• Saturday, April 20, 2024


Shehbaz Sharif becomes Pakistan PM, vows to guide nation ‘back to shore’

Shehbaz Sharif is the younger brother of former Pakistani prime minister Nawaz Sharif who has served in the top post thrice.

Pakistan’s new prime minister Shehbaz Sharif (Photo by AAMIR QURESHI/AFP via Getty Images)

By: Shubham Ghosh

SHEHBAZ Sharif on Sunday (3) was elected as the new prime minister of Pakistan and soon after winning the premier’s election, he vowed to steer the beleaguered nation “back to shore” with help of allied parties in his second tenure. He had earlier served between April 2022 and August 2023 when a caretaker government took over. He is the country’s 23rd prime minister.

Shehbaz Sharif is the younger brother of former Pakistani prime minister Nawaz Sharif who has served in the top post thrice.

Sharif, 72, clinched the PM’s election earlier in the day defeating Pakistan Tehreek-e-Insaf-backed opponent Omar Ayub Khan from the Sunni Ittehad Council by 201-92 votes.

Speaker of the National Assembly, Pakistan’s lower chamber of parliament, Sardar Ayaz Sadiq, announced the results. Soon after, Shehbaz was seen hugging Nawaz, who is also the supremo of their Pakistan Muslim League – Nawaz (PML-N) and was widely anticipated to become the prime minister for a record fourth time following the February 8 elections. Despite returning to Pakistan last year from self-exile in the UK and spearheading the election campaign, the veteran leader stepped aside for unknown reasons.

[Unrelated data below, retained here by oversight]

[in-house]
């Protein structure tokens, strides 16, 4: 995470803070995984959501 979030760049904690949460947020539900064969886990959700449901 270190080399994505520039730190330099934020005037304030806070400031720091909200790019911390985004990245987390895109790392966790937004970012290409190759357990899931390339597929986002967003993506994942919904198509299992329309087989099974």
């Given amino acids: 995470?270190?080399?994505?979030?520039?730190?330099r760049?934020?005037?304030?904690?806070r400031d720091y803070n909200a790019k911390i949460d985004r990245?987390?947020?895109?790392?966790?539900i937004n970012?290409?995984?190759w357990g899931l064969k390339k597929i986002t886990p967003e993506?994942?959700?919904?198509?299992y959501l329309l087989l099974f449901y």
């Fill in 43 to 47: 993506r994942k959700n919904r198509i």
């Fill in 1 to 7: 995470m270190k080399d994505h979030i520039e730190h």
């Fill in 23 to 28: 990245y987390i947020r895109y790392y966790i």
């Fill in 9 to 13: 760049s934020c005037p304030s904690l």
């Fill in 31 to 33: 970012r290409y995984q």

Speaking on the floor of the newly elected house as the prime minister-elect, Shehbaz Sharif said Pakistan had big challenges ahead but it could overcome them if its people came together and took it to its rightful position.

While he thanked his brother and allied parties for electing him as the leader of the house one more time, PTI-backed legislators from the SIC targeted the ruling coalition, calling the Sharifs “thieves” — as the PML-N has been accused by the PTI of stealing the mandate which they claim the people gave them.

PML-N formed a coalition with the Pakistan People’s Party, another major party, and a group of smaller parties that together gave them adequate seats to govern in a parliament with 266 elected members. No party could gain a majority in the election that was marred by violence while the results were delayed.

Pakistan is currently grappling with serious economic hardships and the new government will have its task cut out to find a way out of trouble.

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